For fiction writers there is a bewildering array of opportunities out there, and there’s nothing I can say except that finding the publication for you is going to be a cold, hard slog through search engines and forums. You’ll need to find sites which list potential markets – Ralan is an excellent example – then check the publication out for yourself. Read their guidelines, see if you can find good or bad feedback about them online, ask fellow writers what they’ve heard about it. Some e-publications out there don’t bother editing at all, some have poor process, some have great editors behind them. Only doing your research will guide you in the right direction.

Next up, Print Magazines. The more your piece relates to a specific niche, the more likely you are to find an outlet for it. Just be wary of undertaking an article with too small a target audience, lest you find that no such outlet exists. Don’t just think of the newsstand magazines, either. Until you are established as a Freelance writer, you’re most likely to sell to magazines with lower circulations – hobby club publications, subscriber-only magazines and the like. And if you’re writing for a niche, you’re best off if you yourself are part of it – you wouldn’t want to try to sell to Tractor Fancier Quarterly if you haven’t a clue about Tractors, would you? Would you?

Try your nearest library – they often subscribe to periodicals outside the average. You may stumble across publications you had no idea existed, and now feel a burning urge to write for. Also get whichever annual listings book is suitable to your target country’s market (e.g. Writer’s Markets, Writers’ and Artists’ Yearbook, etc).

The internet can be your friend here, too. Find out whether your target publication treats its freelancers well or poorly, whether they pay up on time or hang about for months on end.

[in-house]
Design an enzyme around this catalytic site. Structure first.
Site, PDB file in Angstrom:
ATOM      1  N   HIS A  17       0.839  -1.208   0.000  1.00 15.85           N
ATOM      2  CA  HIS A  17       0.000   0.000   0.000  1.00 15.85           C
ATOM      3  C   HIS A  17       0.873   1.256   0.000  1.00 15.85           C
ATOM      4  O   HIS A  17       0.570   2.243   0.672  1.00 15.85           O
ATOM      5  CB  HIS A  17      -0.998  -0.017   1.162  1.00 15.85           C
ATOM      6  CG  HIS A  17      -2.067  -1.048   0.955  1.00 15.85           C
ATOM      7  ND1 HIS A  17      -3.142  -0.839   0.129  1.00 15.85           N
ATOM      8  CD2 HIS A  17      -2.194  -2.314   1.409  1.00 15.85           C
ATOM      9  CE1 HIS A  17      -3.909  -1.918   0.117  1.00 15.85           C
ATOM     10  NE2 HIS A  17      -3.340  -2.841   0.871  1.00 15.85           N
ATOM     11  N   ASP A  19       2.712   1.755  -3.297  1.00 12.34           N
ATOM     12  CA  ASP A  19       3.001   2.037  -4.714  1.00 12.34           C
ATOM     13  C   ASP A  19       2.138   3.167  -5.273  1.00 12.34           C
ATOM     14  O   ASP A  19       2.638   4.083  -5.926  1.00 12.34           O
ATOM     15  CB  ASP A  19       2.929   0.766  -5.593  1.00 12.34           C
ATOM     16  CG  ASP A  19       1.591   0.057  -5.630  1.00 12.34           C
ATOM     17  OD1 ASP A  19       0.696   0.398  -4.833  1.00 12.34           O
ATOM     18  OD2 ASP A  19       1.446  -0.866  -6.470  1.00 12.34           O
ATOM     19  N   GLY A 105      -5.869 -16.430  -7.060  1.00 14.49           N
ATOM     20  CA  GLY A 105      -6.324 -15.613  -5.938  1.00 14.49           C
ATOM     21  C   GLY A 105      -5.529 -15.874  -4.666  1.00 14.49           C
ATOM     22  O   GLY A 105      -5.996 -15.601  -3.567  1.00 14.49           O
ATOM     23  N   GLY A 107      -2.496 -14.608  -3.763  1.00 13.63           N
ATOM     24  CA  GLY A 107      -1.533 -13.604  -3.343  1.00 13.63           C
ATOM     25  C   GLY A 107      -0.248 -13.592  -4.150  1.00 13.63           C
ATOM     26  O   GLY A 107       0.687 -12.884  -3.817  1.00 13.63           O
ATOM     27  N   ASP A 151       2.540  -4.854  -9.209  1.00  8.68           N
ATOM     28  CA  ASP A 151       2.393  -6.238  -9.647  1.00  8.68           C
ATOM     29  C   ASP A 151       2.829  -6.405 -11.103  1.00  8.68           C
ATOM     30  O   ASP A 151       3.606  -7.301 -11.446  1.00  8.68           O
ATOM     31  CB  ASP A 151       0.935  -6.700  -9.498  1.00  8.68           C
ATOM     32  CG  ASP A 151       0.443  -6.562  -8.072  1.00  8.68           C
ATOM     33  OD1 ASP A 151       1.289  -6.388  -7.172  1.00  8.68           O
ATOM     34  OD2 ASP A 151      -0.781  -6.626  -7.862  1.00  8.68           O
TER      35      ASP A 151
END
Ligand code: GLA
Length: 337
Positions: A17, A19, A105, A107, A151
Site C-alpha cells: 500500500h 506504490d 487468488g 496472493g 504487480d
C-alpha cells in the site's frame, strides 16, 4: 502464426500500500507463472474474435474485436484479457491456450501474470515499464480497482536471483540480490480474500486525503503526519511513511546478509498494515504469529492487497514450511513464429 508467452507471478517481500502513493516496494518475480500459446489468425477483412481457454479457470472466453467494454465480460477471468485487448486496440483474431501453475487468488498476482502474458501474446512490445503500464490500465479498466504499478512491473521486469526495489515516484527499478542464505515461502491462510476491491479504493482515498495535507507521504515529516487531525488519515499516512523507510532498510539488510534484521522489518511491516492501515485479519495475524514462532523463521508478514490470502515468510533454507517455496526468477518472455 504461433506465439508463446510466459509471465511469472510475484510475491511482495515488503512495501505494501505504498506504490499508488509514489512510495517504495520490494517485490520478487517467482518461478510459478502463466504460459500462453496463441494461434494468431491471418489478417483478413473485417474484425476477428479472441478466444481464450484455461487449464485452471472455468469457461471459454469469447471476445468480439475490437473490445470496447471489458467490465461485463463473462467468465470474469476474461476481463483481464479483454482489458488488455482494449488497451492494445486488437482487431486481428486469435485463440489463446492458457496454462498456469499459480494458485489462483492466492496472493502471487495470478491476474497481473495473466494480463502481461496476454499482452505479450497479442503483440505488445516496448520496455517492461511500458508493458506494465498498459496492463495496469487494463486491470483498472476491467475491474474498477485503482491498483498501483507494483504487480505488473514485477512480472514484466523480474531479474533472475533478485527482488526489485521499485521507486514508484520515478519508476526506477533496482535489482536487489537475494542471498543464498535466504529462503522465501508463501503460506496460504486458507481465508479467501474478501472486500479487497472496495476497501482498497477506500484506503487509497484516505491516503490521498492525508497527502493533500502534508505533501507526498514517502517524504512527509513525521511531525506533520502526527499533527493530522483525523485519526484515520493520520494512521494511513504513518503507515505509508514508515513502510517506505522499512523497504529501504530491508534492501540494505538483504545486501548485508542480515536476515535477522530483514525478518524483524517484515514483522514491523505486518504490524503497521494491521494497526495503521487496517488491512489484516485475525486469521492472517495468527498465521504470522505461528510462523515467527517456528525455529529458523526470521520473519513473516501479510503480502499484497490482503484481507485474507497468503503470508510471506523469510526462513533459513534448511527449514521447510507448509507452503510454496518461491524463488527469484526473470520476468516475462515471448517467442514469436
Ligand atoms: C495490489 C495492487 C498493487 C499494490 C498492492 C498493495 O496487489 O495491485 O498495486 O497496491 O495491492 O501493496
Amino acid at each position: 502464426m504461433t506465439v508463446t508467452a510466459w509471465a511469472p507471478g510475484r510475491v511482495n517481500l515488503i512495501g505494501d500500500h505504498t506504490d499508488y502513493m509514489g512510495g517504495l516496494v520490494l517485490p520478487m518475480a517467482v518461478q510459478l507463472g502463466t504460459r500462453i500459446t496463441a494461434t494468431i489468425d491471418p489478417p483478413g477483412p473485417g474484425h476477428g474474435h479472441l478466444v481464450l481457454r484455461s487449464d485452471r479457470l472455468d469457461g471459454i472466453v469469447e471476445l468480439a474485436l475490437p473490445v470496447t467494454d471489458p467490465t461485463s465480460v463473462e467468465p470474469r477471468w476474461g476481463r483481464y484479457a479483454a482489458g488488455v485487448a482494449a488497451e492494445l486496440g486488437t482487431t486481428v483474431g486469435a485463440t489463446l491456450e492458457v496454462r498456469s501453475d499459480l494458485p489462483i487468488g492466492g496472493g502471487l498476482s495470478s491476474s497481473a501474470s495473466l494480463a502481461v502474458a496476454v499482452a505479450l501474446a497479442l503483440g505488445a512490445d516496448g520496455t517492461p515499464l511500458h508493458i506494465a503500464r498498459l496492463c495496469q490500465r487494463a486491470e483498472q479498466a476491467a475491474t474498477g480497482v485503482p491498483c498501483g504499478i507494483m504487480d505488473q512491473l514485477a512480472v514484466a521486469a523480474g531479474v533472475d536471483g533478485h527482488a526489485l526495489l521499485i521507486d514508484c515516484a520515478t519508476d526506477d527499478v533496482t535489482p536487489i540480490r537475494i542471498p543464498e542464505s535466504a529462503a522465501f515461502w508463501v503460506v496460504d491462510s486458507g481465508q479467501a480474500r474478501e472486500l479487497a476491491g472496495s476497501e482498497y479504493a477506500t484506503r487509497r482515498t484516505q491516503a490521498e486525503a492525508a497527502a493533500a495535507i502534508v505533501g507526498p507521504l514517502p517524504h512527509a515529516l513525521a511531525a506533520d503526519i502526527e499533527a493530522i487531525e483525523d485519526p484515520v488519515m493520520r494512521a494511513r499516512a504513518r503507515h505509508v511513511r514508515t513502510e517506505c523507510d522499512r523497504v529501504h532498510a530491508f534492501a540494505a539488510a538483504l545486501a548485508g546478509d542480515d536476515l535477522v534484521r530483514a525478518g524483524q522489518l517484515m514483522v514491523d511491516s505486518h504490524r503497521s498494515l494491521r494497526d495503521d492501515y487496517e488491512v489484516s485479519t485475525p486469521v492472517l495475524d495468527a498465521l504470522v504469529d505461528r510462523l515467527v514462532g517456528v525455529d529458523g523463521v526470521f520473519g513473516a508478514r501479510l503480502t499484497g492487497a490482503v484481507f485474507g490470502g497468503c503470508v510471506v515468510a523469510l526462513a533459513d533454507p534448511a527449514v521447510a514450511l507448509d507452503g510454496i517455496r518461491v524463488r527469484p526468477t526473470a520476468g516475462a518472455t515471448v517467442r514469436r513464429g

And, vitally, read whatever magazine it is that you want to submit to. You may find they already did a piece on the Magnum 7140 Tractor two issues ago and are unlikely to welcome another article on it so soon. Or you may find that the horror magazine you were about to send to likes quirky gothic romances and your epic tale of a trophy wife’s descent into schizophrenia leading to her murdering her next door neighbour and making a purse from his arse-cheeks may not be appreciated there.

Finally, Book Publishers. This is assuming you’ve written, well, a book. Again, fiction or non-fiction, you’ll need one of those aforementioned annual market books. They’ll tell you who publishes what, and who accepts unsolicited submissions (if the slush pile is the route you want to take). Some are happy to solicit you after an email or phone call, others will refuse all contact or consider you unsolicited even after you’ve contacted them first.  Every single one has a right way and a wrong way of going about contacting them, and failure to adhere to their guidelines can get you thrown out by your ear.

Realistically, though, what you want if you’ve got a book manuscript in your hands is an agent. Agents can turn you from unsoliced to solicited. It’s often said that it’s not what you know, it’s who you know. Well, agents know all the people that you need to know, and can get your work in front of them.